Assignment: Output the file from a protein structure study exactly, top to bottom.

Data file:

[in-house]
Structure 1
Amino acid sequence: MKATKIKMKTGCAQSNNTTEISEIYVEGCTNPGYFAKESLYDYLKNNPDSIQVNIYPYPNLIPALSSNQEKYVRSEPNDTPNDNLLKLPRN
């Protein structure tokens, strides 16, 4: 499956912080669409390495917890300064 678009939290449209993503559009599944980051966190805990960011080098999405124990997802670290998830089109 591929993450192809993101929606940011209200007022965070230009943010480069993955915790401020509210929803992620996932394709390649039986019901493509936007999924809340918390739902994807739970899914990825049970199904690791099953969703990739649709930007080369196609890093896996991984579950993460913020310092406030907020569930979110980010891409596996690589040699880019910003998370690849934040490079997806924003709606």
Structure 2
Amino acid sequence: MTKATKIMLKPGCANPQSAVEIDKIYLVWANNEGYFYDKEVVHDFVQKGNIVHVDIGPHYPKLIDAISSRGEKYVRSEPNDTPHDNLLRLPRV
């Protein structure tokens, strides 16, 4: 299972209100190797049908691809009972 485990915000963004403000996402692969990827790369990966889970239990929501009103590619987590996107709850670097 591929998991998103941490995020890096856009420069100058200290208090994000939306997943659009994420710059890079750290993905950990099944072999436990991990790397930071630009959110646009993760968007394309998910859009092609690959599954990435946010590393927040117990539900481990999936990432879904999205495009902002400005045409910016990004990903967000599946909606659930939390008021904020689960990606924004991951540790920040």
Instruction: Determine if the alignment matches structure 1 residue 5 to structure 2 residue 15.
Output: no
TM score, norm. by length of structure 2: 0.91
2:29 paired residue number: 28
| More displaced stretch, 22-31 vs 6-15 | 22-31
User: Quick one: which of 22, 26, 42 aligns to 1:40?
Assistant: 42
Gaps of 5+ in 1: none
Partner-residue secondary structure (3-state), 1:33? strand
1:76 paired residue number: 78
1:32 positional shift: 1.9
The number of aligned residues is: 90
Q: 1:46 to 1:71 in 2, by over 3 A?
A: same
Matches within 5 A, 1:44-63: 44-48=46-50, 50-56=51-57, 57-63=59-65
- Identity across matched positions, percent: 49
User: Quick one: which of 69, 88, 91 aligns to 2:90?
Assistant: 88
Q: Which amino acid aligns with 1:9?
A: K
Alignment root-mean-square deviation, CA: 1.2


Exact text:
[in-house]
Structure 1
Amino acid sequence: MKATKIKMKTGCAQSNNTTEISEIYVEGCTNPGYFAKESLYDYLKNNPDSIQVNIYPYPNLIPALSSNQEKYVRSEPNDTPNDNLLKLPRN
């Protein structure tokens, strides 16, 4: 499956912080669409390495917890300064 678009939290449209993503559009599944980051966190805990960011080098999405124990997802670290998830089109 591929993450192809993101929606940011209200007022965070230009943010480069993955915790401020509210929803992620996932394709390649039986019901493509936007999924809340918390739902994807739970899914990825049970199904690791099953969703990739649709930007080369196609890093896996991984579950993460913020310092406030907020569930979110980010891409596996690589040699880019910003998370690849934040490079997806924003709606």
Structure 2
Amino acid sequence: MTKATKIMLKPGCANPQSAVEIDKIYLVWANNEGYFYDKEVVHDFVQKGNIVHVDIGPHYPKLIDAISSRGEKYVRSEPNDTPHDNLLRLPRV
């Protein structure tokens, strides 16, 4: 299972209100190797049908691809009972 485990915000963004403000996402692969990827790369990966889970239990929501009103590619987590996107709850670097 591929998991998103941490995020890096856009420069100058200290208090994000939306997943659009994420710059890079750290993905950990099944072999436990991990790397930071630009959110646009993760968007394309998910859009092609690959599954990435946010590393927040117990539900481990999936990432879904999205495009902002400005045409910016990004990903967000599946909606659930939390008021904020689960990606924004991951540790920040």
Instruction: Determine if the alignment matches structure 1 residue 5 to structure 2 residue 15.
Output: no
TM score, norm. by length of structure 2: 0.91
2:29 paired residue number: 28
| More displaced stretch, 22-31 vs 6-15 | 22-31
User: Quick one: which of 22, 26, 42 aligns to 1:40?
Assistant: 42
Gaps of 5+ in 1: none
Partner-residue secondary structure (3-state), 1:33? strand
1:76 paired residue number: 78
1:32 positional shift: 1.9
The number of aligned residues is: 90
Q: 1:46 to 1:71 in 2, by over 3 A?
A: same
Matches within 5 A, 1:44-63: 44-48=46-50, 50-56=51-57, 57-63=59-65
- Identity across matched positions, percent: 49
User: Quick one: which of 69, 88, 91 aligns to 2:90?
Assistant: 88
Q: Which amino acid aligns with 1:9?
A: K
Alignment root-mean-square deviation, CA: 1.2